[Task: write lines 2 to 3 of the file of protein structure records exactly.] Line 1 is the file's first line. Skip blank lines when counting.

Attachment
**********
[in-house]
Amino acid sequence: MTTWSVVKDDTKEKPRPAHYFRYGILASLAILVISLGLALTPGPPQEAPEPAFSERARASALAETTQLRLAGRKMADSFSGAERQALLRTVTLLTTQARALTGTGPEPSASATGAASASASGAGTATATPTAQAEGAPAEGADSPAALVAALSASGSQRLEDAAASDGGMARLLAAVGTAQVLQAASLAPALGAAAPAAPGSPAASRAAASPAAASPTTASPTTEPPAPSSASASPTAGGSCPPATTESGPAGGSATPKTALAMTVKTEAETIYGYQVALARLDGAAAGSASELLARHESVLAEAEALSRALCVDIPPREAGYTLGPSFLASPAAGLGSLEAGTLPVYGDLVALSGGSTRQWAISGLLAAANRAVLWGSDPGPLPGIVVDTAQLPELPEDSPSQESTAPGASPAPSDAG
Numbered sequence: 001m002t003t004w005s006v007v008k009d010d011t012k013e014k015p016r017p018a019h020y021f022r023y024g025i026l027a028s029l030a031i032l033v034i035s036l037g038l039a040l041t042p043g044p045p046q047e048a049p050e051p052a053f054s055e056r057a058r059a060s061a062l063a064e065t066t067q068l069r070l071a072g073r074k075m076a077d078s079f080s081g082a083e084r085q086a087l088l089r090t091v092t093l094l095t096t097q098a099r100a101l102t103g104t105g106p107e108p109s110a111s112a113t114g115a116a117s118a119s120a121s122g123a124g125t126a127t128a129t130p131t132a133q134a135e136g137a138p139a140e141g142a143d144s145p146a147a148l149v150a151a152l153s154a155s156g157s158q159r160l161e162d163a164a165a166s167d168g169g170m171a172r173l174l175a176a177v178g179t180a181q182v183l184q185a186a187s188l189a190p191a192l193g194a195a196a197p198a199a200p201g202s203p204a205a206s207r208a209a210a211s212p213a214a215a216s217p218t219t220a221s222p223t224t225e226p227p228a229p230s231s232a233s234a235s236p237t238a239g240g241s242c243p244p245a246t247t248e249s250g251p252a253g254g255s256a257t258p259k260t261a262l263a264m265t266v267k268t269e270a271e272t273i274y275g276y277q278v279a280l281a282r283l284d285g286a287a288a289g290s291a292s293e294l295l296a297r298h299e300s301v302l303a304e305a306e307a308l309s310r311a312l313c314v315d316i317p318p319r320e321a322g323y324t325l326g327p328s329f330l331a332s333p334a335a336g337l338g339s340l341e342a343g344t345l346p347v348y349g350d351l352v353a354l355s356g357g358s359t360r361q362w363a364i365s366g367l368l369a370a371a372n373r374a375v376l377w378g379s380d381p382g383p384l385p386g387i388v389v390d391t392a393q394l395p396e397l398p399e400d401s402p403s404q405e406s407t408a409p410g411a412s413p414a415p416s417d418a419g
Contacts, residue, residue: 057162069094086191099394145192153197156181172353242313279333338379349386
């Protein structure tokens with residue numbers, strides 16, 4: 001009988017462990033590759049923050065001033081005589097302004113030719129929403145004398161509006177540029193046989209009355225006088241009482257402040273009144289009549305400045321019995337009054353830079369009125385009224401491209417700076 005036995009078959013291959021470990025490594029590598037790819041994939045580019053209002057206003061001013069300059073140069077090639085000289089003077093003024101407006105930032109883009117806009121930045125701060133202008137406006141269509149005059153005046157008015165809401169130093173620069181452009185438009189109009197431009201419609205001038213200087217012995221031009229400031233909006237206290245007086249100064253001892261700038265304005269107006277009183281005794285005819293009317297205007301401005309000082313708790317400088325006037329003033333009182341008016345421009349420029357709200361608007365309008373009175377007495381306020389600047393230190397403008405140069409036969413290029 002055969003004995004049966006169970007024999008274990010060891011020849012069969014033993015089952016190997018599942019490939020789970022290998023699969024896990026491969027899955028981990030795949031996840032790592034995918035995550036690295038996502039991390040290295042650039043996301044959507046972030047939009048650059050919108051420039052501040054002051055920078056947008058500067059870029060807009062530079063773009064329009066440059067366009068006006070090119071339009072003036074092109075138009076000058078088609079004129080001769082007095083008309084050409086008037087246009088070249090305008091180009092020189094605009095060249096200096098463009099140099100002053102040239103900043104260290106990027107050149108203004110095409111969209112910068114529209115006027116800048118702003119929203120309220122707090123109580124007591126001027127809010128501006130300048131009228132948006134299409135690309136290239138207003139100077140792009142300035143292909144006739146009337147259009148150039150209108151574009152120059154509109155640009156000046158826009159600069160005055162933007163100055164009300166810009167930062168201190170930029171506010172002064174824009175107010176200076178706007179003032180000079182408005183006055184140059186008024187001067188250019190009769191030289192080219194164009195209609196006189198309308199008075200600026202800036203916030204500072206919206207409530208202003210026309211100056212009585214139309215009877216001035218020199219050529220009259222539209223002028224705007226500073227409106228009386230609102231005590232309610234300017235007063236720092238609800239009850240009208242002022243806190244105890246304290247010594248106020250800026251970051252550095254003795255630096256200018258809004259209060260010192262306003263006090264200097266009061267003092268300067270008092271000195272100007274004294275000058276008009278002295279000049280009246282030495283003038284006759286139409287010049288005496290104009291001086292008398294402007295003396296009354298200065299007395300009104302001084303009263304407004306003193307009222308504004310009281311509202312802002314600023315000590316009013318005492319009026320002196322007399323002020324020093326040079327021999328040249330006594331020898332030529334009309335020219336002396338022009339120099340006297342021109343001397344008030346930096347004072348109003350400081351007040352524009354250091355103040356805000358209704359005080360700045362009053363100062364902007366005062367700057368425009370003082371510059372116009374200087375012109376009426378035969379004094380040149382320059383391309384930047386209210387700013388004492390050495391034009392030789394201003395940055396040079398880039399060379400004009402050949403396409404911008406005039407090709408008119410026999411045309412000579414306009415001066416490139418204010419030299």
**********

Amino acid sequence: MTTWSVVKDDTKEKPRPAHYFRYGILASLAILVISLGLALTPGPPQEAPEPAFSERARASALAETTQLRLAGRKMADSFSGAERQALLRTVTLLTTQARALTGTGPEPSASATGAASASASGAGTATATPTAQAEGAPAEGADSPAALVAALSASGSQRLEDAAASDGGMARLLAAVGTAQVLQAASLAPALGAAAPAAPGSPAASRAAASPAAASPTTASPTTEPPAPSSASASPTAGGSCPPATTESGPAGGSATPKTALAMTVKTEAETIYGYQVALARLDGAAAGSASELLARHESVLAEAEALSRALCVDIPPREAGYTLGPSFLASPAAGLGSLEAGTLPVYGDLVALSGGSTRQWAISGLLAAANRAVLWGSDPGPLPGIVVDTAQLPELPEDSPSQESTAPGASPAPSDAG
Numbered sequence: 001m002t003t004w005s006v007v008k009d010d011t012k013e014k015p016r017p018a019h020y021f022r023y024g025i026l027a028s029l030a031i032l033v034i035s036l037g038l039a040l041t042p043g044p045p046q047e048a049p050e051p052a053f054s055e056r057a058r059a060s061a062l063a064e065t066t067q068l069r070l071a072g073r074k075m076a077d078s079f080s081g082a083e084r085q086a087l088l089r090t091v092t093l094l095t096t097q098a099r100a101l102t103g104t105g106p107e108p109s110a111s112a113t114g115a116a117s118a119s120a121s122g123a124g125t126a127t128a129t130p131t132a133q134a135e136g137a138p139a140e141g142a143d144s145p146a147a148l149v150a151a152l153s154a155s156g157s158q159r160l161e162d163a164a165a166s167d168g169g170m171a172r173l174l175a176a177v178g179t180a181q182v183l184q185a186a187s188l189a190p191a192l193g194a195a196a197p198a199a200p201g202s203p204a205a206s207r208a209a210a211s212p213a214a215a216s217p218t219t220a221s222p223t224t225e226p227p228a229p230s231s232a233s234a235s236p237t238a239g240g241s242c243p244p245a246t247t248e249s250g251p252a253g254g255s256a257t258p259k260t261a262l263a264m265t266v267k268t269e270a271e272t273i274y275g276y277q278v279a280l281a282r283l284d285g286a287a288a289g290s291a292s293e294l295l296a297r298h299e300s301v302l303a304e305a306e307a308l309s310r311a312l313c314v315d316i317p318p319r320e321a322g323y324t325l326g327p328s329f330l331a332s333p334a335a336g337l338g339s340l341e342a343g344t345l346p347v348y349g350d351l352v353a354l355s356g357g358s359t360r361q362w363a364i365s366g367l368l369a370a371a372n373r374a375v376l377w378g379s380d381p382g383p384l385p386g387i388v389v390d391t392a393q394l395p396e397l398p399e400d401s402p403s404q405e406s407t408a409p410g411a412s413p414a415p416s417d418a419g